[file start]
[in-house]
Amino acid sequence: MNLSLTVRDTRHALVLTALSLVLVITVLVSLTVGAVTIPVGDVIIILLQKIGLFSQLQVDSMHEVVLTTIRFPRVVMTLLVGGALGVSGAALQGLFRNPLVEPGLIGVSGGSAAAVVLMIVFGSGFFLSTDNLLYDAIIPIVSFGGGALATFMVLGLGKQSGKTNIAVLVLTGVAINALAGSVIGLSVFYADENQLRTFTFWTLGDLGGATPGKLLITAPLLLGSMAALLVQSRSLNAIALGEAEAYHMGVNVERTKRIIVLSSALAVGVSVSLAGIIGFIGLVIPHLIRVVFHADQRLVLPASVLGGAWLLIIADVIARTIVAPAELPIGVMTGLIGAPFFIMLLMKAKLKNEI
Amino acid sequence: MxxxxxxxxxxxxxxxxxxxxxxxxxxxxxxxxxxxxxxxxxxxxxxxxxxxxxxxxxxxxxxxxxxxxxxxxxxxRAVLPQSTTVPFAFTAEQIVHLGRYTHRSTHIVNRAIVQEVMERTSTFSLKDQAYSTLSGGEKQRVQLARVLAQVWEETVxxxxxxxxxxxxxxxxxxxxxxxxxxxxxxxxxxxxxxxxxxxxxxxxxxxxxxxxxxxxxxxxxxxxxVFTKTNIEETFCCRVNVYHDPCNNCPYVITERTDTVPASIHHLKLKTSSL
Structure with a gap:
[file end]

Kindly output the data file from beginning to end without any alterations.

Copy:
[in-house]
Amino acid sequence: MNLSLTVRDTRHALVLTALSLVLVITVLVSLTVGAVTIPVGDVIIILLQKIGLFSQLQVDSMHEVVLTTIRFPRVVMTLLVGGALGVSGAALQGLFRNPLVEPGLIGVSGGSAAAVVLMIVFGSGFFLSTDNLLYDAIIPIVSFGGGALATFMVLGLGKQSGKTNIAVLVLTGVAINALAGSVIGLSVFYADENQLRTFTFWTLGDLGGATPGKLLITAPLLLGSMAALLVQSRSLNAIALGEAEAYHMGVNVERTKRIIVLSSALAVGVSVSLAGIIGFIGLVIPHLIRVVFHADQRLVLPASVLGGAWLLIIADVIARTIVAPAELPIGVMTGLIGAPFFIMLLMKAKLKNEI
Amino acid sequence: MxxxxxxxxxxxxxxxxxxxxxxxxxxxxxxxxxxxxxxxxxxxxxxxxxxxxxxxxxxxxxxxxxxxxxxxxxxxRAVLPQSTTVPFAFTAEQIVHLGRYTHRSTHIVNRAIVQEVMERTSTFSLKDQAYSTLSGGEKQRVQLARVLAQVWEETVxxxxxxxxxxxxxxxxxxxxxxxxxxxxxxxxxxxxxxxxxxxxxxxxxxxxxxxxxxxxxxxxxxxxxVFTKTNIEETFCCRVNVYHDPCNNCPYVITERTDTVPASIHHLKLKTSSL
Structure with a gap: